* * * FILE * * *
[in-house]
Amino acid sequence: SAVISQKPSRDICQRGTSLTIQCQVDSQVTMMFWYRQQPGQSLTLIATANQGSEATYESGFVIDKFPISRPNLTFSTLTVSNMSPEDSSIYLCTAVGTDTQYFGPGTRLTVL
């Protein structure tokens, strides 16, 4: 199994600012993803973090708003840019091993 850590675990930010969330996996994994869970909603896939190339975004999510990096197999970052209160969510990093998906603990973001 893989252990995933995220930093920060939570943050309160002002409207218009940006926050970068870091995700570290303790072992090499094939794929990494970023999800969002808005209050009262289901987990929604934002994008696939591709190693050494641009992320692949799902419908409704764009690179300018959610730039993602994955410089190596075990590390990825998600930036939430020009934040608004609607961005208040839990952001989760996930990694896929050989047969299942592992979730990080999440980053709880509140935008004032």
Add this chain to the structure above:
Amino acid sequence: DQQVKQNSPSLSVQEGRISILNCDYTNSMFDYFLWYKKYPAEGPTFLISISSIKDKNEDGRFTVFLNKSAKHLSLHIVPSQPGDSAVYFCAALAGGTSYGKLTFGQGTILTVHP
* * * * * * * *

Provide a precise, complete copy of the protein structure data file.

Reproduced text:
[in-house]
Amino acid sequence: SAVISQKPSRDICQRGTSLTIQCQVDSQVTMMFWYRQQPGQSLTLIATANQGSEATYESGFVIDKFPISRPNLTFSTLTVSNMSPEDSSIYLCTAVGTDTQYFGPGTRLTVL
């Protein structure tokens, strides 16, 4: 199994600012993803973090708003840019091993 850590675990930010969330996996994994869970909603896939190339975004999510990096197999970052209160969510990093998906603990973001 893989252990995933995220930093920060939570943050309160002002409207218009940006926050970068870091995700570290303790072992090499094939794929990494970023999800969002808005209050009262289901987990929604934002994008696939591709190693050494641009992320692949799902419908409704764009690179300018959610730039993602994955410089190596075990590390990825998600930036939430020009934040608004609607961005208040839990952001989760996930990694896929050989047969299942592992979730990080999440980053709880509140935008004032």
Add this chain to the structure above:
Amino acid sequence: DQQVKQNSPSLSVQEGRISILNCDYTNSMFDYFLWYKKYPAEGPTFLISISSIKDKNEDGRFTVFLNKSAKHLSLHIVPSQPGDSAVYFCAALAGGTSYGKLTFGQGTILTVHP